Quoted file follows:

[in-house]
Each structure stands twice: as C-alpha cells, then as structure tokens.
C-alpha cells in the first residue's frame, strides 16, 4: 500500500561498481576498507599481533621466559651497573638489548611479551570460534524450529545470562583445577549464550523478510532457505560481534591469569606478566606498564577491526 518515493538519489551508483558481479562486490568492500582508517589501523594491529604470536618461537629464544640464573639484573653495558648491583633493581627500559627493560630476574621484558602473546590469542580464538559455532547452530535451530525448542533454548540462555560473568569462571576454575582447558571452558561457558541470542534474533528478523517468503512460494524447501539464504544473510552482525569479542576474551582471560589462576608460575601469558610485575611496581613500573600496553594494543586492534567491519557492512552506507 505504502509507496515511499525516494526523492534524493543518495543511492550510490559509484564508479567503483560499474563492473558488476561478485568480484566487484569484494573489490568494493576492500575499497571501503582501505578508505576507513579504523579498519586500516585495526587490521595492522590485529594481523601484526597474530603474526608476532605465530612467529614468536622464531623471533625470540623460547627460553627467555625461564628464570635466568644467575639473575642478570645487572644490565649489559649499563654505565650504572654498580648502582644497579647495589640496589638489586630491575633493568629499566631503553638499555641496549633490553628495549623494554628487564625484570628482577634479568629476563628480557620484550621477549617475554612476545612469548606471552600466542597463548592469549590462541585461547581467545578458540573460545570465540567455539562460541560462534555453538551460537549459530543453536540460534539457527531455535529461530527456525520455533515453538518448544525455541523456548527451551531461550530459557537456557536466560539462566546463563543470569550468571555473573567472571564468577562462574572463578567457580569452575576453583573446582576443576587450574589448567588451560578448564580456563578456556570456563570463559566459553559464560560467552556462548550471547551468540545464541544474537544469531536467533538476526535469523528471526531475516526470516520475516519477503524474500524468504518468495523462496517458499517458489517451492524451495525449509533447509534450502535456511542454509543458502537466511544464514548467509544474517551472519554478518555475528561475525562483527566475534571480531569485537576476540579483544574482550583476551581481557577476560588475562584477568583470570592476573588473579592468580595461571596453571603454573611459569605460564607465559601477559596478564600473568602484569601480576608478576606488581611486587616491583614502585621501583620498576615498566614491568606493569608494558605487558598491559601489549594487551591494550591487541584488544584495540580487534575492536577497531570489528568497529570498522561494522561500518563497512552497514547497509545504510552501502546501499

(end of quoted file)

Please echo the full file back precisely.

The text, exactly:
[in-house]
Each structure stands twice: as C-alpha cells, then as structure tokens.
C-alpha cells in the first residue's frame, strides 16, 4: 500500500561498481576498507599481533621466559651497573638489548611479551570460534524450529545470562583445577549464550523478510532457505560481534591469569606478566606498564577491526 518515493538519489551508483558481479562486490568492500582508517589501523594491529604470536618461537629464544640464573639484573653495558648491583633493581627500559627493560630476574621484558602473546590469542580464538559455532547452530535451530525448542533454548540462555560473568569462571576454575582447558571452558561457558541470542534474533528478523517468503512460494524447501539464504544473510552482525569479542576474551582471560589462576608460575601469558610485575611496581613500573600496553594494543586492534567491519557492512552506507 505504502509507496515511499525516494526523492534524493543518495543511492550510490559509484564508479567503483560499474563492473558488476561478485568480484566487484569484494573489490568494493576492500575499497571501503582501505578508505576507513579504523579498519586500516585495526587490521595492522590485529594481523601484526597474530603474526608476532605465530612467529614468536622464531623471533625470540623460547627460553627467555625461564628464570635466568644467575639473575642478570645487572644490565649489559649499563654505565650504572654498580648502582644497579647495589640496589638489586630491575633493568629499566631503553638499555641496549633490553628495549623494554628487564625484570628482577634479568629476563628480557620484550621477549617475554612476545612469548606471552600466542597463548592469549590462541585461547581467545578458540573460545570465540567455539562460541560462534555453538551460537549459530543453536540460534539457527531455535529461530527456525520455533515453538518448544525455541523456548527451551531461550530459557537456557536466560539462566546463563543470569550468571555473573567472571564468577562462574572463578567457580569452575576453583573446582576443576587450574589448567588451560578448564580456563578456556570456563570463559566459553559464560560467552556462548550471547551468540545464541544474537544469531536467533538476526535469523528471526531475516526470516520475516519477503524474500524468504518468495523462496517458499517458489517451492524451495525449509533447509534450502535456511542454509543458502537466511544464514548467509544474517551472519554478518555475528561475525562483527566475534571480531569485537576476540579483544574482550583476551581481557577476560588475562584477568583470570592476573588473579592468580595461571596453571603454573611459569605460564607465559601477559596478564600473568602484569601480576608478576606488581611486587616491583614502585621501583620498576615498566614491568606493569608494558605487558598491559601489549594487551591494550591487541584488544584495540580487534575492536577497531570489528568497529570498522561494522561500518563497512552497514547497509545504510552501502546501499